Exile: This can make for some interesting stories for characters. Using exile can put entire families or even whole groups of people (ethnic groups, religious groups, a village, etc.) in faraway lands where they’ll probably stay for a long time. Means of exile can vary. They might have been banished from their land or a natural disaster could have forced them to move.
Hiding: Like exile, you can uproot characters and place them in another place while also coming up with an interesting back story for why they are hiding. This can also reveal a bit about your world. If there are several people in hiding from one particular place, what does that say about the relationship between these two places or these places themselves (i.e., corruptness, law, freedom, etc.)?
Politics: Political rulers are not confined to their homes. They can travel to other nations for political or personal reasons. They might need to discuss political matters with another ruler or they might be guests at a party. There are also political marriages or children of political leaders who live elsewhere as a ward.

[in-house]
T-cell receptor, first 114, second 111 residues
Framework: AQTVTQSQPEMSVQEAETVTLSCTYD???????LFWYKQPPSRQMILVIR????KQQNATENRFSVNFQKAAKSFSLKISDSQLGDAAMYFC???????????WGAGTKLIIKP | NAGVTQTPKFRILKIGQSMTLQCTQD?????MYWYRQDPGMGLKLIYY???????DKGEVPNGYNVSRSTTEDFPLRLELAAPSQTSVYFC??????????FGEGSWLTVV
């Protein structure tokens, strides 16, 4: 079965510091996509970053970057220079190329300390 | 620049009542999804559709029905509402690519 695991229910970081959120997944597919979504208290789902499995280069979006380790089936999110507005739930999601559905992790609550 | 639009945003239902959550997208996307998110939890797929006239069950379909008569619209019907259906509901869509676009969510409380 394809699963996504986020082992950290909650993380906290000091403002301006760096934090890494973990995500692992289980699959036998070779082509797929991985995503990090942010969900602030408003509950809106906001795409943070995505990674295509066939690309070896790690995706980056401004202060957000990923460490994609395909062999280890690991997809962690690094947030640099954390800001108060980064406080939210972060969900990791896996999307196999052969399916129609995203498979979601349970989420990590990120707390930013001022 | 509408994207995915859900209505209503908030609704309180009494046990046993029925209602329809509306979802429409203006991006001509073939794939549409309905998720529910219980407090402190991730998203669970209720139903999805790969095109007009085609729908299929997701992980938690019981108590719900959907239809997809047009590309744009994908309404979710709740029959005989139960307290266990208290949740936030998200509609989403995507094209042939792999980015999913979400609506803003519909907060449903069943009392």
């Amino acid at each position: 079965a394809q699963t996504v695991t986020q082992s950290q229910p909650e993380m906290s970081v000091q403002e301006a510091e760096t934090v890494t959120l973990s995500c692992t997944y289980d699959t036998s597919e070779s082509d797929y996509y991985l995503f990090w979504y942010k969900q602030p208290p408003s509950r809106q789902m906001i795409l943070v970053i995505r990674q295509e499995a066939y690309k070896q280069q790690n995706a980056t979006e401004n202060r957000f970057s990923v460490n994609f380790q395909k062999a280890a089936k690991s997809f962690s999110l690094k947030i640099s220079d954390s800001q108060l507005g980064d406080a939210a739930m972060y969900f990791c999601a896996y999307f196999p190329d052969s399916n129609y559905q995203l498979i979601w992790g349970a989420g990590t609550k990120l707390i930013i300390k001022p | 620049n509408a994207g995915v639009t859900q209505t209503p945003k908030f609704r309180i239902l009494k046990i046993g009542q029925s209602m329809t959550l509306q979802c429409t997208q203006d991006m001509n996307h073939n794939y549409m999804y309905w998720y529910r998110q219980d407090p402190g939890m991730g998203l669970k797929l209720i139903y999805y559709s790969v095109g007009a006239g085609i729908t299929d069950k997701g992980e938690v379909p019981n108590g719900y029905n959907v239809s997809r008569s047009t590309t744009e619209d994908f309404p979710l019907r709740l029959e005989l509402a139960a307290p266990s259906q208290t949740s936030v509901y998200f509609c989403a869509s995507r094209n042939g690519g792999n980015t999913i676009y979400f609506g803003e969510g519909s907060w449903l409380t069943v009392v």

War: War, past or present, can bring people to your setting. Some people might be refugees, some might be descendants of prisoners of war, and some might be allies. Or, a past war could have acquired more land and the people who were there, making them citizens of the new nation post-war (depending on the rules of citizenship). Whether they’re citizens or not, they’re still in the same nation and it’s likely some will travel to major cities or elsewhere within the nation’s borders. There can also be forts and camps for a military of another nation.
Education: Does your setting have some type of prestigious school? If schools are few, ones like these can attract the rich, powerful, and/or connected from several surrounding areas. Even if there are several schools a prestigious one can still attract many people.
Religion: Some religions have a goal of spreading their beliefs, so you can bring that into your world. Other times, if there is something of religious significance in your setting, religious people may travel there on a regular basis. Those who spread religion might travel on similar routes of traders (or they might be the traders) to talk about their religion. Or there might be places where religious leaders gather and live.